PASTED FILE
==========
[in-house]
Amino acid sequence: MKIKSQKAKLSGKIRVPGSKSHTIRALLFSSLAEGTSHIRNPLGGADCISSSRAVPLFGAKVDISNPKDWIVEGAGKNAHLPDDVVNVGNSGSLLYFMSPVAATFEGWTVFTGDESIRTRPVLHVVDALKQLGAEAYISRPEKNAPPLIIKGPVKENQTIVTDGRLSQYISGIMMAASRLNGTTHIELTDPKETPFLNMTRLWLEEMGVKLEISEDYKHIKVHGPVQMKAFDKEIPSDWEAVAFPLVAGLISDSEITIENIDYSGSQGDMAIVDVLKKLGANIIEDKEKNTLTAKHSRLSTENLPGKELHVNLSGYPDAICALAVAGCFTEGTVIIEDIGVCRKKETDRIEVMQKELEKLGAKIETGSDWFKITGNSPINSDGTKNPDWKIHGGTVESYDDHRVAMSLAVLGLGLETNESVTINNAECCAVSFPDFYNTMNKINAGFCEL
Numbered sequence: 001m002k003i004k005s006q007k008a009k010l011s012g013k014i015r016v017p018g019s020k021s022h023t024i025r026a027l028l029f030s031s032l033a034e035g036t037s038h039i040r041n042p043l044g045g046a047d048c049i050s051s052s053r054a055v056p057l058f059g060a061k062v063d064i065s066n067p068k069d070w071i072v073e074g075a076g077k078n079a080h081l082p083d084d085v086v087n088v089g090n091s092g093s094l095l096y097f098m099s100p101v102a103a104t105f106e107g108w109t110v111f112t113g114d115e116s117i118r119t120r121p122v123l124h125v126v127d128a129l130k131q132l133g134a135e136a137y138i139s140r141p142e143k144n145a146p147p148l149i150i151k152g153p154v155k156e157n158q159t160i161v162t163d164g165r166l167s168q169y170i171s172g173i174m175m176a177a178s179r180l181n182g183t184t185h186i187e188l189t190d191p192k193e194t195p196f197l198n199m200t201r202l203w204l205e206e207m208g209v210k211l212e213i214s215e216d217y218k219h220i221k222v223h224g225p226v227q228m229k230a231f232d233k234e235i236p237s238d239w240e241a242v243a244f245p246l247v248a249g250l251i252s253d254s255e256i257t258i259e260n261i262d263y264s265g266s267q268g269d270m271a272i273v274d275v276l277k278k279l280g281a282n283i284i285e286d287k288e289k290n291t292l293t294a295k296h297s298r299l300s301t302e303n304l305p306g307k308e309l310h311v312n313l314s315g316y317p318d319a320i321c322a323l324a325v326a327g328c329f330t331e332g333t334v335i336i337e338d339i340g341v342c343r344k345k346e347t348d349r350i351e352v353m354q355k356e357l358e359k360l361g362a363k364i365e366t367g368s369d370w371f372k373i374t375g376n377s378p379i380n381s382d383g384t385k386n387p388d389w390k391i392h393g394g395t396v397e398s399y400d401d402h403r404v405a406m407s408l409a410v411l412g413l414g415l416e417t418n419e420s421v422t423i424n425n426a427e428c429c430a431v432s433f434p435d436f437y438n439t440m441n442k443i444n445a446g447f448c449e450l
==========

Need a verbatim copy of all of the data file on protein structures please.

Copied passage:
[in-house]
Amino acid sequence: MKIKSQKAKLSGKIRVPGSKSHTIRALLFSSLAEGTSHIRNPLGGADCISSSRAVPLFGAKVDISNPKDWIVEGAGKNAHLPDDVVNVGNSGSLLYFMSPVAATFEGWTVFTGDESIRTRPVLHVVDALKQLGAEAYISRPEKNAPPLIIKGPVKENQTIVTDGRLSQYISGIMMAASRLNGTTHIELTDPKETPFLNMTRLWLEEMGVKLEISEDYKHIKVHGPVQMKAFDKEIPSDWEAVAFPLVAGLISDSEITIENIDYSGSQGDMAIVDVLKKLGANIIEDKEKNTLTAKHSRLSTENLPGKELHVNLSGYPDAICALAVAGCFTEGTVIIEDIGVCRKKETDRIEVMQKELEKLGAKIETGSDWFKITGNSPINSDGTKNPDWKIHGGTVESYDDHRVAMSLAVLGLGLETNESVTINNAECCAVSFPDFYNTMNKINAGFCEL
Numbered sequence: 001m002k003i004k005s006q007k008a009k010l011s012g013k014i015r016v017p018g019s020k021s022h023t024i025r026a027l028l029f030s031s032l033a034e035g036t037s038h039i040r041n042p043l044g045g046a047d048c049i050s051s052s053r054a055v056p057l058f059g060a061k062v063d064i065s066n067p068k069d070w071i072v073e074g075a076g077k078n079a080h081l082p083d084d085v086v087n088v089g090n091s092g093s094l095l096y097f098m099s100p101v102a103a104t105f106e107g108w109t110v111f112t113g114d115e116s117i118r119t120r121p122v123l124h125v126v127d128a129l130k131q132l133g134a135e136a137y138i139s140r141p142e143k144n145a146p147p148l149i150i151k152g153p154v155k156e157n158q159t160i161v162t163d164g165r166l167s168q169y170i171s172g173i174m175m176a177a178s179r180l181n182g183t184t185h186i187e188l189t190d191p192k193e194t195p196f197l198n199m200t201r202l203w204l205e206e207m208g209v210k211l212e213i214s215e216d217y218k219h220i221k222v223h224g225p226v227q228m229k230a231f232d233k234e235i236p237s238d239w240e241a242v243a244f245p246l247v248a249g250l251i252s253d254s255e256i257t258i259e260n261i262d263y264s265g266s267q268g269d270m271a272i273v274d275v276l277k278k279l280g281a282n283i284i285e286d287k288e289k290n291t292l293t294a295k296h297s298r299l300s301t302e303n304l305p306g307k308e309l310h311v312n313l314s315g316y317p318d319a320i321c322a323l324a325v326a327g328c329f330t331e332g333t334v335i336i337e338d339i340g341v342c343r344k345k346e347t348d349r350i351e352v353m354q355k356e357l358e359k360l361g362a363k364i365e366t367g368s369d370w371f372k373i374t375g376n377s378p379i380n381s382d383g384t385k386n387p388d389w390k391i392h393g394g395t396v397e398s399y400d401d402h403r404v405a406m407s408l409a410v411l412g413l414g415l416e417t418n419e420s421v422t423i424n425n426a427e428c429c430a431v432s433f434p435d436f437y438n439t440m441n442k443i444n445a446g447f448c449e450l